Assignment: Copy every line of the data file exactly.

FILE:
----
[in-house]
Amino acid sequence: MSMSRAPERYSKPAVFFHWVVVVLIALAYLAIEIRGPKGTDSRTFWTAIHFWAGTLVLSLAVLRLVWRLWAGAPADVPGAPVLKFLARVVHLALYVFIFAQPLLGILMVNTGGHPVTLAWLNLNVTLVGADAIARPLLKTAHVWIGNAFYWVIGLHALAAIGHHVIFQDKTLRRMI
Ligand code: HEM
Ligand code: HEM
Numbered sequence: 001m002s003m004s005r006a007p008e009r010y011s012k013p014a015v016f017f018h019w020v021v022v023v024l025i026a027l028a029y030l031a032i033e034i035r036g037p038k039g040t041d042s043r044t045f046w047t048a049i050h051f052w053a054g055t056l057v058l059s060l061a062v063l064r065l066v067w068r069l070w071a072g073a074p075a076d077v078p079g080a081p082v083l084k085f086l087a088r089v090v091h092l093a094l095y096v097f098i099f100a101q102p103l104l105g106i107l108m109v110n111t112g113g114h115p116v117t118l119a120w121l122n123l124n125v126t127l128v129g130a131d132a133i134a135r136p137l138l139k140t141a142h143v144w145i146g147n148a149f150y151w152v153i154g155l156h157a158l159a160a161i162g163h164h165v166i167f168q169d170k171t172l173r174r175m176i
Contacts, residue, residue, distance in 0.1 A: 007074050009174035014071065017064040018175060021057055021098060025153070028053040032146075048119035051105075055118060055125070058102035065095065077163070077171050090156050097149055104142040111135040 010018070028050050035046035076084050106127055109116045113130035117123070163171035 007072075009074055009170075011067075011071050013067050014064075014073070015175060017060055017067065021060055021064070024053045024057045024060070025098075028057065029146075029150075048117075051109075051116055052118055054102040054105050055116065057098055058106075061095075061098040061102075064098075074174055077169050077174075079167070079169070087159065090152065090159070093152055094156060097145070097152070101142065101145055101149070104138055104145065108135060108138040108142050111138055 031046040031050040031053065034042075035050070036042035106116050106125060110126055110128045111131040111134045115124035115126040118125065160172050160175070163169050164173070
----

[in-house]
Amino acid sequence: MSMSRAPERYSKPAVFFHWVVVVLIALAYLAIEIRGPKGTDSRTFWTAIHFWAGTLVLSLAVLRLVWRLWAGAPADVPGAPVLKFLARVVHLALYVFIFAQPLLGILMVNTGGHPVTLAWLNLNVTLVGADAIARPLLKTAHVWIGNAFYWVIGLHALAAIGHHVIFQDKTLRRMI
Ligand code: HEM
Ligand code: HEM
Numbered sequence: 001m002s003m004s005r006a007p008e009r010y011s012k013p014a015v016f017f018h019w020v021v022v023v024l025i026a027l028a029y030l031a032i033e034i035r036g037p038k039g040t041d042s043r044t045f046w047t048a049i050h051f052w053a054g055t056l057v058l059s060l061a062v063l064r065l066v067w068r069l070w071a072g073a074p075a076d077v078p079g080a081p082v083l084k085f086l087a088r089v090v091h092l093a094l095y096v097f098i099f100a101q102p103l104l105g106i107l108m109v110n111t112g113g114h115p116v117t118l119a120w121l122n123l124n125v126t127l128v129g130a131d132a133i134a135r136p137l138l139k140t141a142h143v144w145i146g147n148a149f150y151w152v153i154g155l156h157a158l159a160a161i162g163h164h165v166i167f168q169d170k171t172l173r174r175m176i
Contacts, residue, residue, distance in 0.1 A: 007074050009174035014071065017064040018175060021057055021098060025153070028053040032146075048119035051105075055118060055125070058102035065095065077163070077171050090156050097149055104142040111135040 010018070028050050035046035076084050106127055109116045113130035117123070163171035 007072075009074055009170075011067075011071050013067050014064075014073070015175060017060055017067065021060055021064070024053045024057045024060070025098075028057065029146075029150075048117075051109075051116055052118055054102040054105050055116065057098055058106075061095075061098040061102075064098075074174055077169050077174075079167070079169070087159065090152065090159070093152055094156060097145070097152070101142065101145055101149070104138055104145065108135060108138040108142050111138055 031046040031050040031053065034042075035050070036042035106116050106125060110126055110128045111131040111134045115124035115126040118125065160172050160175070163169050164173070